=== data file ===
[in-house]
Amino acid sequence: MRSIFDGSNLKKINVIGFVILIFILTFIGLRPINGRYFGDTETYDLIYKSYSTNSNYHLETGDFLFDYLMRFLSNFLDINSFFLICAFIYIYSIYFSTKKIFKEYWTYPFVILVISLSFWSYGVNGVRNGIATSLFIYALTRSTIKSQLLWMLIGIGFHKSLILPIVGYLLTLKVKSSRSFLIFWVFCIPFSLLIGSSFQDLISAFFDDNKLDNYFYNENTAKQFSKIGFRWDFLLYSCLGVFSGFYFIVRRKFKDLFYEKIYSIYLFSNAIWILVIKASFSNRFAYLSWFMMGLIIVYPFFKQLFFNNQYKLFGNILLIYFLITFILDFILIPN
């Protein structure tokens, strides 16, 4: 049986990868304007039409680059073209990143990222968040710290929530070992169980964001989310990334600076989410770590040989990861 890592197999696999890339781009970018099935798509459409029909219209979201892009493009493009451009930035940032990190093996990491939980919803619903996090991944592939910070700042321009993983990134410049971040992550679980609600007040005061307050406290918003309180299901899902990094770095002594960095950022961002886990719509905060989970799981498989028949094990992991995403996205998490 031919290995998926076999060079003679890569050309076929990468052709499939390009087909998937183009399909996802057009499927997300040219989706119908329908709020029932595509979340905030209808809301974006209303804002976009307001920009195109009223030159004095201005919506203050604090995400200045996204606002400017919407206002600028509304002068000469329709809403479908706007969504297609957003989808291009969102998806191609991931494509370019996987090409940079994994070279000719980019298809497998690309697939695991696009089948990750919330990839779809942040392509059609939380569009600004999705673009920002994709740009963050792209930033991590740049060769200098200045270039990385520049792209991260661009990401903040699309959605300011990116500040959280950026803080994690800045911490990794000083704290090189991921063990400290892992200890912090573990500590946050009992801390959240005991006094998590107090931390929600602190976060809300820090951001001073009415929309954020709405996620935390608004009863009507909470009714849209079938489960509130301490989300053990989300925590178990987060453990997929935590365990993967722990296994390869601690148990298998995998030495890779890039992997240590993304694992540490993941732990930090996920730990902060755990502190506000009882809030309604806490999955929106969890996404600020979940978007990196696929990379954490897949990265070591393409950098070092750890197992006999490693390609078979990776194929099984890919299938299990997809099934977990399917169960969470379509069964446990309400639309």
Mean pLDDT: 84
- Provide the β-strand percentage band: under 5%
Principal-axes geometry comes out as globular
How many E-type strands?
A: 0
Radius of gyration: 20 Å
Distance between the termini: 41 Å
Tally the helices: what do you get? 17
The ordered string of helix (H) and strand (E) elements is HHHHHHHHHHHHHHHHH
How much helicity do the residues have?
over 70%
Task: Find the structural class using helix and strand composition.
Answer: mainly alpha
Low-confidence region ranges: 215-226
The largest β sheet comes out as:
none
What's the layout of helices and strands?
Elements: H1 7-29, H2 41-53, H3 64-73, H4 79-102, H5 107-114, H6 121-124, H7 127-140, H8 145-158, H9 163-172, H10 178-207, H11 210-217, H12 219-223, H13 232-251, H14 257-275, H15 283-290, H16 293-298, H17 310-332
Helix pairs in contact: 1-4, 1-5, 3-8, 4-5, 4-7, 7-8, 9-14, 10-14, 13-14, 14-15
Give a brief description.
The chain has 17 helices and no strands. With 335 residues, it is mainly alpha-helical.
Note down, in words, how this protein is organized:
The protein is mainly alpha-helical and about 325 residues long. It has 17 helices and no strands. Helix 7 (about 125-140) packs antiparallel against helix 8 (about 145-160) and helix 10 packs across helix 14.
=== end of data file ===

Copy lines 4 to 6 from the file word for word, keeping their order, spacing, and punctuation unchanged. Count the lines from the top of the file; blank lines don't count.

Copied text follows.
Mean pLDDT: 84
- Provide the β-strand percentage band: under 5%
Principal-axes geometry comes out as globular